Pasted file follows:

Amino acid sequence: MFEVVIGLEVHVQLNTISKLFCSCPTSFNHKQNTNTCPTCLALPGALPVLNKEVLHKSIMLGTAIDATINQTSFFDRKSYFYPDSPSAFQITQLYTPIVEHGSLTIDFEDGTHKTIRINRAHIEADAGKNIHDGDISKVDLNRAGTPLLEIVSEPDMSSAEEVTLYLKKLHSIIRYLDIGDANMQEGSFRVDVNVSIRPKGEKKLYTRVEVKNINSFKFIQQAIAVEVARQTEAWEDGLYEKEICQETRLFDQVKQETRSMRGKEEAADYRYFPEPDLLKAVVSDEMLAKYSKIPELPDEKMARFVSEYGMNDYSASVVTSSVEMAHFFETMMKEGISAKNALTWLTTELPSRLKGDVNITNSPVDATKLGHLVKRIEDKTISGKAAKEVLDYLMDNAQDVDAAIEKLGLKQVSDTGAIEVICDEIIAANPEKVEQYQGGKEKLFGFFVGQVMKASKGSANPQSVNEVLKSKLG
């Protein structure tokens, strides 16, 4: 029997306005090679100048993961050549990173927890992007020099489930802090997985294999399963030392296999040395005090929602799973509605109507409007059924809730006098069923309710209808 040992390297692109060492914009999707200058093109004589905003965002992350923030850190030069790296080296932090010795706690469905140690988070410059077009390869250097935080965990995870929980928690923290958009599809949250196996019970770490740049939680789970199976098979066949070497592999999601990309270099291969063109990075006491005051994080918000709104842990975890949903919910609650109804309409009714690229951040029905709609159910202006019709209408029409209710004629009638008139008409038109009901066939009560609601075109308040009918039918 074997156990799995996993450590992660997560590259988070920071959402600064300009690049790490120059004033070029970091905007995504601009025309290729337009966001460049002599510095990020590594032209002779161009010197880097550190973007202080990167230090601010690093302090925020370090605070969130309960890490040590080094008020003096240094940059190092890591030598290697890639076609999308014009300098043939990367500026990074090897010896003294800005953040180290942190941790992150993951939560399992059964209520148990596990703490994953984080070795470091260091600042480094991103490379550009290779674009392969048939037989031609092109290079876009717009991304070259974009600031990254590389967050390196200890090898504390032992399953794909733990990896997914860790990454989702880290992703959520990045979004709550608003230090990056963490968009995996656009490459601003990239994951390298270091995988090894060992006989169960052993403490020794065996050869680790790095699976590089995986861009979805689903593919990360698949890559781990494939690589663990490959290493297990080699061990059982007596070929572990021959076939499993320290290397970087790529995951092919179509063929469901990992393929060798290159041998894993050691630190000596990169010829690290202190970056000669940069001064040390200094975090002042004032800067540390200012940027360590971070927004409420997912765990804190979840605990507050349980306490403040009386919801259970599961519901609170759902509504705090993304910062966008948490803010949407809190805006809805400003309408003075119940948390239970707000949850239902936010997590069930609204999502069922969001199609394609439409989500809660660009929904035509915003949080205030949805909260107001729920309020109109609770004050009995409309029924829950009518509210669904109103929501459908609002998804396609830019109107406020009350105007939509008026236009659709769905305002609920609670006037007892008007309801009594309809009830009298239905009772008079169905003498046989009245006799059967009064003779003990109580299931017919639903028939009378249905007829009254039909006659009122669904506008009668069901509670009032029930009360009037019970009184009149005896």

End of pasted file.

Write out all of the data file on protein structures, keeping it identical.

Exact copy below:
Amino acid sequence: MFEVVIGLEVHVQLNTISKLFCSCPTSFNHKQNTNTCPTCLALPGALPVLNKEVLHKSIMLGTAIDATINQTSFFDRKSYFYPDSPSAFQITQLYTPIVEHGSLTIDFEDGTHKTIRINRAHIEADAGKNIHDGDISKVDLNRAGTPLLEIVSEPDMSSAEEVTLYLKKLHSIIRYLDIGDANMQEGSFRVDVNVSIRPKGEKKLYTRVEVKNINSFKFIQQAIAVEVARQTEAWEDGLYEKEICQETRLFDQVKQETRSMRGKEEAADYRYFPEPDLLKAVVSDEMLAKYSKIPELPDEKMARFVSEYGMNDYSASVVTSSVEMAHFFETMMKEGISAKNALTWLTTELPSRLKGDVNITNSPVDATKLGHLVKRIEDKTISGKAAKEVLDYLMDNAQDVDAAIEKLGLKQVSDTGAIEVICDEIIAANPEKVEQYQGGKEKLFGFFVGQVMKASKGSANPQSVNEVLKSKLG
């Protein structure tokens, strides 16, 4: 029997306005090679100048993961050549990173927890992007020099489930802090997985294999399963030392296999040395005090929602799973509605109507409007059924809730006098069923309710209808 040992390297692109060492914009999707200058093109004589905003965002992350923030850190030069790296080296932090010795706690469905140690988070410059077009390869250097935080965990995870929980928690923290958009599809949250196996019970770490740049939680789970199976098979066949070497592999999601990309270099291969063109990075006491005051994080918000709104842990975890949903919910609650109804309409009714690229951040029905709609159910202006019709209408029409209710004629009638008139008409038109009901066939009560609601075109308040009918039918 074997156990799995996993450590992660997560590259988070920071959402600064300009690049790490120059004033070029970091905007995504601009025309290729337009966001460049002599510095990020590594032209002779161009010197880097550190973007202080990167230090601010690093302090925020370090605070969130309960890490040590080094008020003096240094940059190092890591030598290697890639076609999308014009300098043939990367500026990074090897010896003294800005953040180290942190941790992150993951939560399992059964209520148990596990703490994953984080070795470091260091600042480094991103490379550009290779674009392969048939037989031609092109290079876009717009991304070259974009600031990254590389967050390196200890090898504390032992399953794909733990990896997914860790990454989702880290992703959520990045979004709550608003230090990056963490968009995996656009490459601003990239994951390298270091995988090894060992006989169960052993403490020794065996050869680790790095699976590089995986861009979805689903593919990360698949890559781990494939690589663990490959290493297990080699061990059982007596070929572990021959076939499993320290290397970087790529995951092919179509063929469901990992393929060798290159041998894993050691630190000596990169010829690290202190970056000669940069001064040390200094975090002042004032800067540390200012940027360590971070927004409420997912765990804190979840605990507050349980306490403040009386919801259970599961519901609170759902509504705090993304910062966008948490803010949407809190805006809805400003309408003075119940948390239970707000949850239902936010997590069930609204999502069922969001199609394609439409989500809660660009929904035509915003949080205030949805909260107001729920309020109109609770004050009995409309029924829950009518509210669904109103929501459908609002998804396609830019109107406020009350105007939509008026236009659709769905305002609920609670006037007892008007309801009594309809009830009298239905009772008079169905003498046989009245006799059967009064003779003990109580299931017919639903028939009378249905007829009254039909006659009122669904506008009668069901509670009032029930009360009037019970009184009149005896």